Spectroscopic analysis of biological and chemical samples has come a long way in the last 100 years. With the help of plasmonics, the past decade witnessed a significant advance in sensitivity and detection limit.
In this regard, one of the most promising features of metallic nanostructures is their ability to confine optical fields and realize significant localized-field enhancement to produce plasmonic “hot spots”. This enables extremely high sensitivities for spectroscopic techniques such as surface-enhanced Raman spectroscopy (SERS) and surface-enhanced infrared absorption spectroscopy (SEIRA). These two techniques are complementary, i.e., Raman scattering peaks in SERS correspond to absorption peaks of SEIRA. However, due to differing dependence on field enhancement, the signal enhancement factors for SEIRA are typically orders of magnitude less than those for SERS. One option for boosting SEIRA signals is to strengthen the plasmonic field enhancement by reducing the gap size between surface nanostructures, thereby confining light to volumes on the order of nanometers. However, due to the conventional diffraction limit, it is challenging to squeeze incident light into these extreme dimensions with high efficiency, particularly in the mid-infrared (IR) wavelengths that are of interest in SEIRA spectroscopy.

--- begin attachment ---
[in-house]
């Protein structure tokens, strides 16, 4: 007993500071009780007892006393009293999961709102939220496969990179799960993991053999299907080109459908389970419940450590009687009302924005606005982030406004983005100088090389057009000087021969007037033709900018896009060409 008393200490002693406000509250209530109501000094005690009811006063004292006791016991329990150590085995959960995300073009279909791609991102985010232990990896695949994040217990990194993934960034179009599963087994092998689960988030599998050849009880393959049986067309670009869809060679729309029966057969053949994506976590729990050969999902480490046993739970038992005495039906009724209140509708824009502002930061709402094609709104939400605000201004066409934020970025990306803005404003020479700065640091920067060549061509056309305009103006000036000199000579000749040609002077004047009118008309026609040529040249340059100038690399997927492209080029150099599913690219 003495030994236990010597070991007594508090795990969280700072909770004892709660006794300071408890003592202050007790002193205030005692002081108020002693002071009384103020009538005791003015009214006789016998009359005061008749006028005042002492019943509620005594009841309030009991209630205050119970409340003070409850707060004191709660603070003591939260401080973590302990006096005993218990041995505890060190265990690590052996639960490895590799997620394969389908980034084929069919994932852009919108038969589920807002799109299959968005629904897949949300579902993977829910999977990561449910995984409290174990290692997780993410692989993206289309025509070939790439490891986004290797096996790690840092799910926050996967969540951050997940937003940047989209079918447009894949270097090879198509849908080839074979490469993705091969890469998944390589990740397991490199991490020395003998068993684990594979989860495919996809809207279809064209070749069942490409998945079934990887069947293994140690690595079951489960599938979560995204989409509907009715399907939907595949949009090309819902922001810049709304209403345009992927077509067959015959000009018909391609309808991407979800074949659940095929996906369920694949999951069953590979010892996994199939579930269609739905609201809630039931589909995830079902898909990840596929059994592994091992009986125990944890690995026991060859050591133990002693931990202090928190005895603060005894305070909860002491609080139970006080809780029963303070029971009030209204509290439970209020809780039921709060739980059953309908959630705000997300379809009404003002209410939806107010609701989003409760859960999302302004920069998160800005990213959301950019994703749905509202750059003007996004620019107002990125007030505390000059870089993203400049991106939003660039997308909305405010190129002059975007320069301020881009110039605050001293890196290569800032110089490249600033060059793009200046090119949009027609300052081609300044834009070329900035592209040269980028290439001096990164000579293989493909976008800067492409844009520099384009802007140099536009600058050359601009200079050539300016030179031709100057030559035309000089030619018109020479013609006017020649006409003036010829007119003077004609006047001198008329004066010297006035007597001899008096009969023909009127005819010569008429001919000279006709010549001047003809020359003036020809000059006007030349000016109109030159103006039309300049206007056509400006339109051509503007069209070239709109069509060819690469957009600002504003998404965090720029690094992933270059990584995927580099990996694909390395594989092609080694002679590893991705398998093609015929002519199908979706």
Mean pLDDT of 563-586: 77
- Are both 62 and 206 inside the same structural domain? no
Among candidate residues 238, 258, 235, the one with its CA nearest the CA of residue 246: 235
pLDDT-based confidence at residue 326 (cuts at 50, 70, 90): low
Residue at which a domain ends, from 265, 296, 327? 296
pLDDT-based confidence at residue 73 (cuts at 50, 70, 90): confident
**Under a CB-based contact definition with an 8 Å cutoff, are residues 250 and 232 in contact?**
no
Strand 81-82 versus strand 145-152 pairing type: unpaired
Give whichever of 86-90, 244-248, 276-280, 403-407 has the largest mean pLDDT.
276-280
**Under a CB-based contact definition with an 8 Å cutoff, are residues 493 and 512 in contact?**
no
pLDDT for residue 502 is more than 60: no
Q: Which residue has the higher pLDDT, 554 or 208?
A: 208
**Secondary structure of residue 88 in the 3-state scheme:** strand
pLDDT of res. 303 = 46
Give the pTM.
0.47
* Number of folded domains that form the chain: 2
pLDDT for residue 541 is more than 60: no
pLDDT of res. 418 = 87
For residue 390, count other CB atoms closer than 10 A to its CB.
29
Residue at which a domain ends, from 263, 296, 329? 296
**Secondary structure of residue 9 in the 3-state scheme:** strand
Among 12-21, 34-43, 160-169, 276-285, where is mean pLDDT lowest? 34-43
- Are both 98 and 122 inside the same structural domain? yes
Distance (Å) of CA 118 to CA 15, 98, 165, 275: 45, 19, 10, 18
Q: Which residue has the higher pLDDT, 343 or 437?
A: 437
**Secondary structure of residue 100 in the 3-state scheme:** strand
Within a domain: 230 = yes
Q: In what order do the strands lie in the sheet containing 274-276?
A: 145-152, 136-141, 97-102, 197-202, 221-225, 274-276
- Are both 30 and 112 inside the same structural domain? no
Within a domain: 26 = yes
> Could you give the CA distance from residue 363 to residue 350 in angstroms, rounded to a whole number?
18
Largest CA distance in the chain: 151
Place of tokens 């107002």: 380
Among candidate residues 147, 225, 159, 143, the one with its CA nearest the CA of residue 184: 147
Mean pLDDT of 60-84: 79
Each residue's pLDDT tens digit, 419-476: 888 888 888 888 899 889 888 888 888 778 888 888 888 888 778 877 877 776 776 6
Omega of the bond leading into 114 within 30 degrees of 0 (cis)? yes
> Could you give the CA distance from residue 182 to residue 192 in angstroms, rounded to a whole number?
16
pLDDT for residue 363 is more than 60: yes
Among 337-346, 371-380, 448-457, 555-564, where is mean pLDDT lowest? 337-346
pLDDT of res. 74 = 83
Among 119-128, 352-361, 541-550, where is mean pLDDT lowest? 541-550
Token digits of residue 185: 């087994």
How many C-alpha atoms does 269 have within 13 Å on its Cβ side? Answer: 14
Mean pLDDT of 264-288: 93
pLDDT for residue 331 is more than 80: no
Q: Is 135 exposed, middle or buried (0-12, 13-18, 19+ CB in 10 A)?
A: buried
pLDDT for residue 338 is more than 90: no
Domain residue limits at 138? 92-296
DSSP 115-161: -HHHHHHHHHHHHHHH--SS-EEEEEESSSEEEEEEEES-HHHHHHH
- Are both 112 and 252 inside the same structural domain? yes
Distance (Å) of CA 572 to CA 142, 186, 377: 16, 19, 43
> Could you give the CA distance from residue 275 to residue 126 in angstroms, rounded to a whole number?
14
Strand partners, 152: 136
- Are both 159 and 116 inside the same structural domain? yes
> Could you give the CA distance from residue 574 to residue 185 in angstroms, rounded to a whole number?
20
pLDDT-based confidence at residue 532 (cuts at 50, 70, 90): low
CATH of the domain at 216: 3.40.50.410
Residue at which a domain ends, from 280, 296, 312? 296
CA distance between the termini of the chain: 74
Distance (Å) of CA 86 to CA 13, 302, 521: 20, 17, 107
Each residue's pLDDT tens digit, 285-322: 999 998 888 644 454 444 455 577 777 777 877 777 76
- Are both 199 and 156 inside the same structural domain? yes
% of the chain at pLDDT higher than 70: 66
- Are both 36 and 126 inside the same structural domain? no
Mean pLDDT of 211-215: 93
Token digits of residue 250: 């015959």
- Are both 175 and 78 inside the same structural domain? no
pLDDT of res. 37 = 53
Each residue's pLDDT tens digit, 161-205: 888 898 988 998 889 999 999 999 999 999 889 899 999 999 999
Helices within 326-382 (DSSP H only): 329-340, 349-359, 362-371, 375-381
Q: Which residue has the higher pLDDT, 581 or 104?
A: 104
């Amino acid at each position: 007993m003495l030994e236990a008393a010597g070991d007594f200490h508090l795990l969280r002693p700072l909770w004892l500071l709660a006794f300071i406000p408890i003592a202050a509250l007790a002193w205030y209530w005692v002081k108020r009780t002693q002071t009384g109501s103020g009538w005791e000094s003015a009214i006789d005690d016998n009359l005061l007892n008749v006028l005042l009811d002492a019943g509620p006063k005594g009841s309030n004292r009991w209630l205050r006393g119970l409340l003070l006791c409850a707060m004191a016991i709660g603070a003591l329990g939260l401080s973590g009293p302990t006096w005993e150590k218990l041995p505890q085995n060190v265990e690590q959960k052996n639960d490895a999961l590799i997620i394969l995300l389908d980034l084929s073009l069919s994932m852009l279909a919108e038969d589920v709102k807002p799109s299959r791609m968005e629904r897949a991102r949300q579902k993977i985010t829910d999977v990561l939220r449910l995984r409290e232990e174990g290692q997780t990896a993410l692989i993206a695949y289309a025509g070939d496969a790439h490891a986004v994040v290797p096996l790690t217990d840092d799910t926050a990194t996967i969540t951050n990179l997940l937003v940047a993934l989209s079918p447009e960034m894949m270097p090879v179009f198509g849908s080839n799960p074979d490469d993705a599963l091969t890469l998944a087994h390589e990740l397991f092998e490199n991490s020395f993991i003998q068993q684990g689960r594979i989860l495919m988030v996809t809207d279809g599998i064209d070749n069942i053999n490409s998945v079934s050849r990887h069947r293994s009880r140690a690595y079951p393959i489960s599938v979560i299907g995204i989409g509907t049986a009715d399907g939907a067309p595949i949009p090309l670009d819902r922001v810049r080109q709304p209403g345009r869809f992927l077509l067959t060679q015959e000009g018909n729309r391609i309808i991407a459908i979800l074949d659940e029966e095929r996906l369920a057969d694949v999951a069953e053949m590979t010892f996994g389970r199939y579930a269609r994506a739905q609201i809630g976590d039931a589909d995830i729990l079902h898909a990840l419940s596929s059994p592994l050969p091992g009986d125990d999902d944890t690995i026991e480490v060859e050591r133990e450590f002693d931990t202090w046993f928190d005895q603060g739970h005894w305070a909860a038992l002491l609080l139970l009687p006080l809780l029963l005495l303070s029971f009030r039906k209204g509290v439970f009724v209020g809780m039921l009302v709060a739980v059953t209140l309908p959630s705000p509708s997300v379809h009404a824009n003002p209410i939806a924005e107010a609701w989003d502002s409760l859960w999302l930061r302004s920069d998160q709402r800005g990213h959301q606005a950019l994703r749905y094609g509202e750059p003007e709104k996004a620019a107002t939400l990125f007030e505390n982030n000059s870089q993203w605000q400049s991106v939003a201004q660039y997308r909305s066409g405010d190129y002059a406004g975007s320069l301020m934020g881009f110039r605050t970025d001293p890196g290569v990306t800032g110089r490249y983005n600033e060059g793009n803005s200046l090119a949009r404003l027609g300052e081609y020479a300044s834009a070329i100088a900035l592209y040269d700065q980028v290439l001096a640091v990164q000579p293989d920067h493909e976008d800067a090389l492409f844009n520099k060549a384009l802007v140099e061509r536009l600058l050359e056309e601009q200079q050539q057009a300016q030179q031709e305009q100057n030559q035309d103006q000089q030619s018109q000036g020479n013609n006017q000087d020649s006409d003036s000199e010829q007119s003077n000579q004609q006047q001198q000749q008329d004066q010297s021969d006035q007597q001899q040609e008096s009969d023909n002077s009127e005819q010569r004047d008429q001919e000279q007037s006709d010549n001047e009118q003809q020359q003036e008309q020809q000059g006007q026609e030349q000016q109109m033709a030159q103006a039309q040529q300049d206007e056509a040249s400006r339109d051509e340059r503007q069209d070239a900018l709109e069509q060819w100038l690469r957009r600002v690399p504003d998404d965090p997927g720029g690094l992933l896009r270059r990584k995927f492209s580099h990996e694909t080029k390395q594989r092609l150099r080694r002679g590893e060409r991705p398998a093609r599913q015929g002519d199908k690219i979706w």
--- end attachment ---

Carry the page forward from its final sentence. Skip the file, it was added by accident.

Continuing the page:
Researchers led by Qiaoqiang Gan’s team at University at Buffalo experimentally demonstrate a metamaterial superabsorber structure with sub-5-nanometer gaps that can trap mid-IR light within these extreme volumes with efficiencies up to 81%, significantly enhancing light–matter interaction on the nanoscale. By using these structures as a substrate for chemical/biological molecule analysis with SEIRA spectroscopy, they demonstrate an enhancement factor for molecular fingerprinting of chemical molecules of up to ca. 106–107, which approaches the enhancement factors of SERS. In addition, the methods used to produce these metasurfaces are amenable to large area fabrication such as optical interference patterning and nanoimprint lithography, making this a revolutionary material for biochemical infrared absorption spectroscopy.
Text kindly provided by the authors.